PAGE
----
The Math Behind the App Business
Monetizing your mobile app requires understanding the math behind the app business. This understanding—of your metrics and revenue drivers—ultimately enables you to dissect your business model. It allows you to hone in on any bottlenecks that could be costing you business, and identify any areas of improvement that can be optimized to better achieve your goals.
The math of the app business is neither scary nor intangible. The truth is, the entire app business can be summarized with one equation. Know this one equation, and you’ll be able to masterfully leverage and manipulate each of its integral variables to demonstrate a clear, quantifiable effect on your bottom line.
The math behind the app business is applicable to all app markets and, when used correctly, can be applied to any app, regardless of location. No matter where you are in the world or what stage your app is in, the equation and calculations behind it can help boost your revenue by providing better value to your customers.
In today’s post, we’ll dive into the one equation behind the app business and the seven separate metrics included to help you expand your share in the massive app market.
Let’s dive in!
The math behind the app business
Over the past five years at Apptentive, we’ve learned a lot about the many metrics and strategies that indicate an app’s performance and profitability. While each app has a unique design and use case that lend themselves to different business models, they all share a handful of metrics necessary to their success. Together, these metrics take the mystery out of monetization. They are readily quantifiable and play together in a predictable manner, regardless of the app or chosen business model.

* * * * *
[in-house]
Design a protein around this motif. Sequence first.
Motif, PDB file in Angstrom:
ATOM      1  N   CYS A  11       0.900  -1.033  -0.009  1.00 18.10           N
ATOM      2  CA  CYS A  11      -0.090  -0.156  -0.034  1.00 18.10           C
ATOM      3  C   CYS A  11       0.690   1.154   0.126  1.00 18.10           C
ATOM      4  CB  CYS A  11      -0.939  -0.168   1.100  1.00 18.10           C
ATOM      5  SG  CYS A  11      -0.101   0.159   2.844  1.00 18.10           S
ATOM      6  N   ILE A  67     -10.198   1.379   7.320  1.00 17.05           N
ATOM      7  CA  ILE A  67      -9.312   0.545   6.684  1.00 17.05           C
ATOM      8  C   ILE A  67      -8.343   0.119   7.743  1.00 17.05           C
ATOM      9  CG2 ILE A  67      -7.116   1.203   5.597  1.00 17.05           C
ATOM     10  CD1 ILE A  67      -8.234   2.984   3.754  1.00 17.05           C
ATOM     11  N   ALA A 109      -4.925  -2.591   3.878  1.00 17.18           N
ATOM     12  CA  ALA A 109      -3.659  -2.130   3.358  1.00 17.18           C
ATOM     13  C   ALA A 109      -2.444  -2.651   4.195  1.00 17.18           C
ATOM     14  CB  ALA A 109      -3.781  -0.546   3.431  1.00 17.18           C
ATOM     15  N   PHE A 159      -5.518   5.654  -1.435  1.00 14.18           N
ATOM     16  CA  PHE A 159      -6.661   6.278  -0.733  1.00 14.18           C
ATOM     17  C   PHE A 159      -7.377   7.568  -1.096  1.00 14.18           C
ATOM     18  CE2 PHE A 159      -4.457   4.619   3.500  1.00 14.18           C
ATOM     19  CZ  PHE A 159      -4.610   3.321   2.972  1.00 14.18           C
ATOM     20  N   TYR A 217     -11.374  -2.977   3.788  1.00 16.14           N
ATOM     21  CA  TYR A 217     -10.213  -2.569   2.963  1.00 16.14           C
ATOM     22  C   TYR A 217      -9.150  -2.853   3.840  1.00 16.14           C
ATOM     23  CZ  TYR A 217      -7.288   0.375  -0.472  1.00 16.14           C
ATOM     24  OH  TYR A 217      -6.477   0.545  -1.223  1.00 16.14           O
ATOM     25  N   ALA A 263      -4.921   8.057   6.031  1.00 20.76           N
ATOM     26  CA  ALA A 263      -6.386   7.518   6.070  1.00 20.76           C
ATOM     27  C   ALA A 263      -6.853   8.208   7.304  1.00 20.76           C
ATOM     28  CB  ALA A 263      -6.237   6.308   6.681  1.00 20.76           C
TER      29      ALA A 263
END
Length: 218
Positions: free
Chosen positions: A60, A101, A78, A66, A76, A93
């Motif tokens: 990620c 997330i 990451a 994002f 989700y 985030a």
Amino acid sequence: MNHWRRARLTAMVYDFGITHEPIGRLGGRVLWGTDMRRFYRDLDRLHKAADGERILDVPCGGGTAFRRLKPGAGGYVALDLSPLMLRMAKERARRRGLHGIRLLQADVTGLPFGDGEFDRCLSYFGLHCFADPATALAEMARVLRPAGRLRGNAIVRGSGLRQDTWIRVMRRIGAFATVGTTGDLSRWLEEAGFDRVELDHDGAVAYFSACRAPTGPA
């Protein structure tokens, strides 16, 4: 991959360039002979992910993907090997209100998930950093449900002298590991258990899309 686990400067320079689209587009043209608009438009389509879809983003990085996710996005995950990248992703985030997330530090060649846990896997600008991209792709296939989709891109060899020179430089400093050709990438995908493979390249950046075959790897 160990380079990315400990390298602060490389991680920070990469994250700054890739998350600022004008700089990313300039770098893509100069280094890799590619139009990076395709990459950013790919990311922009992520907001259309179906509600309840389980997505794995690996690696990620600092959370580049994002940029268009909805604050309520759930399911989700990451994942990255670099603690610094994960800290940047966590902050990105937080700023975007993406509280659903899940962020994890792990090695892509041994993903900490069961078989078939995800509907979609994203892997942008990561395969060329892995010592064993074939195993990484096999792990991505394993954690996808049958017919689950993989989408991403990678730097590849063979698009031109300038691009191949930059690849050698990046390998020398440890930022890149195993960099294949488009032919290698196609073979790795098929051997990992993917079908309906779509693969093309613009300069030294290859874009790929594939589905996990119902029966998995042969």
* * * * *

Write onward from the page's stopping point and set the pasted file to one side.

Let’s look at the seven metrics that make up the math behind the app business:
1. Monthly active users (MAUs)
The number of mobile app customers who have actively engaged with your app over the last month. While marketers and product managers have the freedom to define the parameters around the term “active,” the active customer count is usually filtered through a combination of usage and last seen statistics. Commonly, app publishers consider any customer who has launched your app at least once as an active customer; however, some publishers impose more stringent criteria or record active users on a weekly or daily basis.
The number of customers who have not only downloaded your app but have taken the next step to install it on their device. On average, 30% of your total downloads will convert to installs.
3. Customer retention
A measurement of an app’s ability to engage and maintain its customers over an extended period of time; in this case, one month. Retention varies by app store category, with commonly reported benchmarks suggesting an average 40% one-month retention rate and a 4% one-year retention rate.
4. Average revenue per user (ARPU)
The average dollar amount each customer attributes to your app’s revenue over a given timeframe. ARPU is usually calculated in monthly terms and commonly averages out your revenue by your monthly active users, rather than your total install count. Below is a quick way to calculate ARPU: